RABAT, Morocco -- Terrorists exploded four bombs in the coastal city of Casablanca late Friday, killing at least 24 people and damaging the Belgian consulate, a Jewish center and a Spanish restaurant, officials said.
At least three of the blasts were from car bombs, and the fourth appeared to be detonated by a suicide bomber wearing an explosive belt, according to security officials in this North African nation.
The official news agency MAP reported that three suspects were apprehended, without elaborating.
"They were terrorists, suicide bombers," Interior Minister Mustapha Sahel told reporters. "These are the well-known signatures of international terrorists."
The attacks came just days after deadly terrorist bombings in Saudi Arabia, prompting cities across the globe to brace for the possibility of attacks by Osama bin Laden's al-Qaida terrorist network, though it was not immediately known who was behind the Casablanca attacks.
The blasts appeared to take place almost simultaneously just after 9 p.m., killing at least 24 people and leaving several others injured, the Interior Ministry said. The explosions damaged the Belgian consulate, a Spanish restaurant and a Jewish community center, officials said. There were burnt-out vehicles outside some of the sites.
Two policemen outside the heavily damaged consulate were killed and a security guard was hospitalized, Belgian Foreign Ministry spokesman Didier Seeuws told the Belgian news agency Belga.
The Atlantic coastal city, Morocco's economic heart about 60 miles southwest of the capital of Rabat, was a scene of pandemonium with police and rescue workers rushing to the sites and night clubs and restaurants shutting down almost immediately.
But Sahel said later that the situation was under control. "All steps have been taken throughout the territory to ensure order, calm and security in the face of this criminal enterprise."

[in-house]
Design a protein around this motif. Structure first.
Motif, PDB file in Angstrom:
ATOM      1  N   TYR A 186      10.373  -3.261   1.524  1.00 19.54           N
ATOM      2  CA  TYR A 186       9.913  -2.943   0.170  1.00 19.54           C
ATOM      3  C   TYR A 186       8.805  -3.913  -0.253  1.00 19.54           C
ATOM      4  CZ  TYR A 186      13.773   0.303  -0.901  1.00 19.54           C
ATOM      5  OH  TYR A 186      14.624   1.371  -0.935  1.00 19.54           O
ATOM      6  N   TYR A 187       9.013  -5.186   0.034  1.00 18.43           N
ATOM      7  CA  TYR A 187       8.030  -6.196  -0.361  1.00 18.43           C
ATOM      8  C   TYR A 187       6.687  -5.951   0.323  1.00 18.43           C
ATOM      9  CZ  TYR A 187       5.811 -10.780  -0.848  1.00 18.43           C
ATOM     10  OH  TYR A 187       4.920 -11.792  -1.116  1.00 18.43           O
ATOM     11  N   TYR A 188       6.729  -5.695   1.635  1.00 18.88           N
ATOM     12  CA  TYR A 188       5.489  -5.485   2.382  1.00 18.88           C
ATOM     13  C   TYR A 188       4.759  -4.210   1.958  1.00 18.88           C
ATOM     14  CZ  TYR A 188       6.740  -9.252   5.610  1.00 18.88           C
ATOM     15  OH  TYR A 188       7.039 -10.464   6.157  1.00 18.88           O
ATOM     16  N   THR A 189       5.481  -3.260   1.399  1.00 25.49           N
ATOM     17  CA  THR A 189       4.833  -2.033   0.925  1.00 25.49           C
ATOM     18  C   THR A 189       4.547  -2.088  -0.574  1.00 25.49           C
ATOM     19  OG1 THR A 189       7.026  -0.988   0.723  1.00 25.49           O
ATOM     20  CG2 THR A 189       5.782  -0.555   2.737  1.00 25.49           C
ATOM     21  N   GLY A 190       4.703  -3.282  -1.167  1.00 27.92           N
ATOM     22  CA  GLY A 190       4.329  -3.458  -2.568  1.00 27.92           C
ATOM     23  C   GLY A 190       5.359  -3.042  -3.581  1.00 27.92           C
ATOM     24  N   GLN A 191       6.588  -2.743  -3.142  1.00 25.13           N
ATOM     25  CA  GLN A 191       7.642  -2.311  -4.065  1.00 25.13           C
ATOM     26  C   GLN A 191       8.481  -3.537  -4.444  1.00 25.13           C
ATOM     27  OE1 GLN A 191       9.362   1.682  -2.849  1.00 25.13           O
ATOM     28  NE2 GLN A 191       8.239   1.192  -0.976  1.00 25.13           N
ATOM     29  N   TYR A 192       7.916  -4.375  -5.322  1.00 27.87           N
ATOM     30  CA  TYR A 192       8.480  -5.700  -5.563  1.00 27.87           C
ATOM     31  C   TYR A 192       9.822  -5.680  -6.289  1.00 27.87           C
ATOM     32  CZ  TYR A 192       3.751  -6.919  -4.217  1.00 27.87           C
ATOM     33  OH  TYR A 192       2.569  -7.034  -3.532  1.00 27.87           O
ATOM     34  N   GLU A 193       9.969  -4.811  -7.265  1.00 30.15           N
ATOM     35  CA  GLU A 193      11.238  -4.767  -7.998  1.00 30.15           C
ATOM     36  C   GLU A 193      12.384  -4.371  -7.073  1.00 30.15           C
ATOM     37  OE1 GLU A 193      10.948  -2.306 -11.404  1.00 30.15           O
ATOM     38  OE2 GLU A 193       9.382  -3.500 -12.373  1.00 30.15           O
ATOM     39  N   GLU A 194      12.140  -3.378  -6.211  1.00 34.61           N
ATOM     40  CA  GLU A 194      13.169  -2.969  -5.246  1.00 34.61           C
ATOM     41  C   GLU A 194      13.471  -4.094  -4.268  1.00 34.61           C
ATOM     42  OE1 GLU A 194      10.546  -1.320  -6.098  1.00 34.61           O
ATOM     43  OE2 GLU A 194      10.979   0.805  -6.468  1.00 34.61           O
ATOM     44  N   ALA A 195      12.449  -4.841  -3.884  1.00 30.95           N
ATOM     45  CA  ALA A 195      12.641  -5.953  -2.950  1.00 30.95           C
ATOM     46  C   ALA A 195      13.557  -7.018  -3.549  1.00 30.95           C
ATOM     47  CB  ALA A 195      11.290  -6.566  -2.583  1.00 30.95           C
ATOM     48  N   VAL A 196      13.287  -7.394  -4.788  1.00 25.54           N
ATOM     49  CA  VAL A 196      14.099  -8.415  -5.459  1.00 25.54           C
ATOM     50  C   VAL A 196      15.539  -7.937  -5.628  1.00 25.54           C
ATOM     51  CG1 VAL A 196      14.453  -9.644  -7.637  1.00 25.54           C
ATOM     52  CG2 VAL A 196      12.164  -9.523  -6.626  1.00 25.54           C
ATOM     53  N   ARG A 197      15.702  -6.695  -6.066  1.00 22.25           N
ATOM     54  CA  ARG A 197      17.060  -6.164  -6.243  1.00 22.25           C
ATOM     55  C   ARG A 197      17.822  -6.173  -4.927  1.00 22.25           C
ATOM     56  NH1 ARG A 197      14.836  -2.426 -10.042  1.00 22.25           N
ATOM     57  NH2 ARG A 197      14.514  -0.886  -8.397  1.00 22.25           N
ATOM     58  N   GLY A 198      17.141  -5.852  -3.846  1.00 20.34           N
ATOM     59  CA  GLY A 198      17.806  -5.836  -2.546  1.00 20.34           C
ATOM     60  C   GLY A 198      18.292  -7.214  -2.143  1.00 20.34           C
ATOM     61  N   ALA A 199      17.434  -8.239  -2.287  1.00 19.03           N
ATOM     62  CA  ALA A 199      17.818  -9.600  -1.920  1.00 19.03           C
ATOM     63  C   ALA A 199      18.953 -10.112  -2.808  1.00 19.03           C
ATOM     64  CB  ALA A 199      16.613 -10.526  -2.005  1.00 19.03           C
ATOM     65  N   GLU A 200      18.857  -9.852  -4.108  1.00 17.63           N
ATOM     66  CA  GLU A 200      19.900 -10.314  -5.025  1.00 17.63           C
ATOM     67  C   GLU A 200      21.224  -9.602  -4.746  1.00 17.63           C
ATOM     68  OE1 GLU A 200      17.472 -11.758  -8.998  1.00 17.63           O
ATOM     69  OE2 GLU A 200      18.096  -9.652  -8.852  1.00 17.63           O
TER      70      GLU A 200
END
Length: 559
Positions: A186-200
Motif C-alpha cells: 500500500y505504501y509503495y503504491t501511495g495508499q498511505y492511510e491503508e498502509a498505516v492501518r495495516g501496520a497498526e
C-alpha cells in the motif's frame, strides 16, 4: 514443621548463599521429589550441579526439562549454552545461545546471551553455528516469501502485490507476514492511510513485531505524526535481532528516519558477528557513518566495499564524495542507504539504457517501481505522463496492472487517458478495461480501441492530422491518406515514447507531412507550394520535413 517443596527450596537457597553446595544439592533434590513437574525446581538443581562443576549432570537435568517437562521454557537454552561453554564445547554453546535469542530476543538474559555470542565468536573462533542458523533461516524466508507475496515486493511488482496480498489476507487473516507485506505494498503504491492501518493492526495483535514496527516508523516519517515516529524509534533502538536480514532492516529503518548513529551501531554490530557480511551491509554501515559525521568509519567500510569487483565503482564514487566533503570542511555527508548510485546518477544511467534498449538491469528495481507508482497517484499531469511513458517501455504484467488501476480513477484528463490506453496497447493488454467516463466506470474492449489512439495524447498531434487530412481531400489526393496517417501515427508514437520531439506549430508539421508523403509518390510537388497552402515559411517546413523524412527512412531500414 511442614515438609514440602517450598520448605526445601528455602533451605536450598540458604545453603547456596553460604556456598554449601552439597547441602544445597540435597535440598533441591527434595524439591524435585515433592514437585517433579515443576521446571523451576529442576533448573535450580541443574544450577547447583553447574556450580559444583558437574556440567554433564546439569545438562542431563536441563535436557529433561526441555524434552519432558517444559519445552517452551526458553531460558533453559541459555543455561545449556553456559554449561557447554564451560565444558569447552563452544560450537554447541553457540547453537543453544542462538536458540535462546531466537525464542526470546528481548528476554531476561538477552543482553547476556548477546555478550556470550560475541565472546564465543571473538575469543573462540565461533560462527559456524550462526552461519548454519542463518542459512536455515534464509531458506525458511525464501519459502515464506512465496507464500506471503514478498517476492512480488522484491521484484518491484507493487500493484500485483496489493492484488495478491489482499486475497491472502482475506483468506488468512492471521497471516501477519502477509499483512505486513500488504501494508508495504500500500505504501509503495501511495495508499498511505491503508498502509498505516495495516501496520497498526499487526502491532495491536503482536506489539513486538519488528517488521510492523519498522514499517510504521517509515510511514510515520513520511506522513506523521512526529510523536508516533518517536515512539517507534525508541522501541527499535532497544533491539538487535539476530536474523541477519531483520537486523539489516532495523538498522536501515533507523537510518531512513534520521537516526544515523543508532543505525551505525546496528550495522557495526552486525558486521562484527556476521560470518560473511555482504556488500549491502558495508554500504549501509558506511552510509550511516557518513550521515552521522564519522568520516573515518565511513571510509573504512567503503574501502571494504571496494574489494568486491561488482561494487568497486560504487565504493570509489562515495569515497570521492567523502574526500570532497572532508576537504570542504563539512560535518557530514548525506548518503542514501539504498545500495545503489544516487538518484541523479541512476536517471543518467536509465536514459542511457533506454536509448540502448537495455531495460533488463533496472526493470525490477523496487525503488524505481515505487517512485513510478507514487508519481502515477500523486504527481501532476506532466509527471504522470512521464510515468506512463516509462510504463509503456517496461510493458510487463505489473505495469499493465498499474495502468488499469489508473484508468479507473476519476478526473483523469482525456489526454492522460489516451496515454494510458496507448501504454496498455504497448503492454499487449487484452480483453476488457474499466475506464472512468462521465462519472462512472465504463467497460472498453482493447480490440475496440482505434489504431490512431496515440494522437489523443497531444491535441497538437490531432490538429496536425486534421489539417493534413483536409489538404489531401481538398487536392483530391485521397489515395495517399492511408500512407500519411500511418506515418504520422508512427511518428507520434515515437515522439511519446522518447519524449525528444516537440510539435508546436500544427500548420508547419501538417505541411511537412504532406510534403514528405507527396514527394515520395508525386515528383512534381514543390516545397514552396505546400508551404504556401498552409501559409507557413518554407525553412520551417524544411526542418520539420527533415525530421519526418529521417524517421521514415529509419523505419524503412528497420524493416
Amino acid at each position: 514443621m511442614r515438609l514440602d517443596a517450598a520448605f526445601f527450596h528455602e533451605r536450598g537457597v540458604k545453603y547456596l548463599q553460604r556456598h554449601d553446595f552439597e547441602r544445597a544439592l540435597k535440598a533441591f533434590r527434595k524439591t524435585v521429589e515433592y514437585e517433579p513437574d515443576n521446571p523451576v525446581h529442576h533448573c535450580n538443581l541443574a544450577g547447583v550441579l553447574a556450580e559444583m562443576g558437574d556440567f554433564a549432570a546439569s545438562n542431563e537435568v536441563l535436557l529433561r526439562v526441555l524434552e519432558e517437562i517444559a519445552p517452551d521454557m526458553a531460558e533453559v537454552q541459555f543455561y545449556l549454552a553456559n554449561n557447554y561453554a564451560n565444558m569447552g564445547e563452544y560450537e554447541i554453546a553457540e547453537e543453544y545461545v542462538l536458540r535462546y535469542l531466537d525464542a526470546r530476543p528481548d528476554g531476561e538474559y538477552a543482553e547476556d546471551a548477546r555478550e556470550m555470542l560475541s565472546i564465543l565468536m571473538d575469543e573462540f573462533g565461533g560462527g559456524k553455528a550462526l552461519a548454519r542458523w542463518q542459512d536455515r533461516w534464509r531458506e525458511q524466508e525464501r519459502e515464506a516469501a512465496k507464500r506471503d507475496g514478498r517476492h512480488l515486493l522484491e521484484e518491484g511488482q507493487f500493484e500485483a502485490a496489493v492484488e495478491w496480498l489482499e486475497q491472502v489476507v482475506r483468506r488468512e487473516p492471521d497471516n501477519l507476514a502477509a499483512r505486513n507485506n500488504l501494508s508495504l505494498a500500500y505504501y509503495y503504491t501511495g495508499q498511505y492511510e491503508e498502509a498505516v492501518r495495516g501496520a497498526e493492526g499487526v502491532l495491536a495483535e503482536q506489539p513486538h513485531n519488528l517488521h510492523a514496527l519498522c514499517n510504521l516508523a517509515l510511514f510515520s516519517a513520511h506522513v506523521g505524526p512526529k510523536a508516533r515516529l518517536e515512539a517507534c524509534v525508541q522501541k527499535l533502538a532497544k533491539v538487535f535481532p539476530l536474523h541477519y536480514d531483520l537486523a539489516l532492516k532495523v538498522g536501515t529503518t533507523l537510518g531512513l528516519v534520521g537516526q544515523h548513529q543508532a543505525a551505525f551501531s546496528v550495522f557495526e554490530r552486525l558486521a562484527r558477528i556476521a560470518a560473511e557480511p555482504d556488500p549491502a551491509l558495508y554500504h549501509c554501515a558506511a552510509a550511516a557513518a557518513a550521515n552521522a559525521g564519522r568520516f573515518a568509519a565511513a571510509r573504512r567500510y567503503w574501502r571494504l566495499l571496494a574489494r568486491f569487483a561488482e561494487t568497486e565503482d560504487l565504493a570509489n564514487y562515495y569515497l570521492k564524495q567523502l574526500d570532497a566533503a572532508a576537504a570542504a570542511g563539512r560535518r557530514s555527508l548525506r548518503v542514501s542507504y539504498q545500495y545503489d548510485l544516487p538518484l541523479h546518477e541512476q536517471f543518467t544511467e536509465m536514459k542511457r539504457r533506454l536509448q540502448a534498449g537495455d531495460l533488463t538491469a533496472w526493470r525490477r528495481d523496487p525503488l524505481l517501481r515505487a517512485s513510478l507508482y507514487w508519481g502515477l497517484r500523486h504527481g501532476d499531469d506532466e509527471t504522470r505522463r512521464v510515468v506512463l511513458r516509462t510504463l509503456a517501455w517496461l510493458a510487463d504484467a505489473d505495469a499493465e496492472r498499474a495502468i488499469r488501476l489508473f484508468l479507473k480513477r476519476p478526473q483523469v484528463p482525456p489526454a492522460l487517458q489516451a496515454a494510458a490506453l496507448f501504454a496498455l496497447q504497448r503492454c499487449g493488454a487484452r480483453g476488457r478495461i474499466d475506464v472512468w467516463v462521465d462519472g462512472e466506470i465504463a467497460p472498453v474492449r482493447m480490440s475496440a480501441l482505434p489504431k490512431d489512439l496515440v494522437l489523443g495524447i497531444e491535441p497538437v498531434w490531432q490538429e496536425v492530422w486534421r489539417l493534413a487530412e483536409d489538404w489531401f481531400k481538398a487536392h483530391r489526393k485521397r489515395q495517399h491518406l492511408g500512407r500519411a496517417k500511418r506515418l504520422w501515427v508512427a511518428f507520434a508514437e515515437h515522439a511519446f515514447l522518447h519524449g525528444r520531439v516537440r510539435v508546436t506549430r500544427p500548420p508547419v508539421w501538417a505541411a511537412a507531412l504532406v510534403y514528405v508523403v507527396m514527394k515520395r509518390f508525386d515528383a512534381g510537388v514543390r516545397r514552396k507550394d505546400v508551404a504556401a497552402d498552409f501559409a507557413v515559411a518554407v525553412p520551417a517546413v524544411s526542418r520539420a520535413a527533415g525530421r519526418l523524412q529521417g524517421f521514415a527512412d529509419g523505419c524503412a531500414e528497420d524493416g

Joanne Moore, a U.S. State Department spokeswoman in Washington, said no U.S. government facility was targeted.
U.S. counterterrorism officials in Washington had warned Friday of a coordinated effort by al-Qaida to strike lightly defended targets worldwide, citing the bombings earlier this week in Saudi Arabia as well as threats in Africa and Asia.
Morocco, with a population of about 30 million, has mostly Sunni Muslim people with small Christian and Jewish communities. Both Belgium and Spain have large Moroccan immigrant populations.
Morocco, considered a moderate Arab nation, has been a staunch U.S. ally. But it expressed regret that a peaceful solution could not be found in the Iraq crisis.
The Moroccan public turned out in large numbers for anti-war protests against the Iraq war, including one in the capital, Rabat, in March that drew 200,000 people.
Morocco postponed municipal elections in April by several months -- a move widely seen as an effort to thwart the rise of Muslim fundamentalist parties. Analysts have predicted that Muslim fundamentalist parties will make massive gains.
Sahel accused the attackers of trying to "intimidate and destabilize a democracy."
Monday's suicide blasts in the Saudi capital, Riyadh, killed 34 people at three foreigners' housing compounds.
Three Saudis were arrested in Casablanca last year for leading an al-Qaida plot to attack U.S. and British warships. The three were given 10-year prison sentences in February by a Moroccan court.
The Saudis are also accused of having planned to blow up a cafe in Marrakech, a major tourist destination, and attack tourist buses in Morocco.
All three Saudis admitted under interrogation that they had been trained in the use of weapons and explosives at al-Qaida camps in Afghanistan and Pakistan.
U.S. and British authorities had warned of threats in East Africa, particularly Kenya, and in southeast Asia, particularly Malaysia. U.S. officials also received an unconfirmed report that a possible terrorist attack may occur in the western Saudi city of Jiddah.
Al-Qaida has suffered serious blows in recent months, including the capture of alleged Sept. 11 mastermind Khalid Shaikh Mohammed. But senior al-Qaida leaders were thought to be hiding in Pakistan, Afghanistan and Iran, U.S. officials said.
In another North African country, an explosion on April 11, 2002, tore apart sections of a synagogue on the Tunisian resort island of Djerba, killing 21 people, mostly foreign tourists. The blast has been linked to al-Qaida.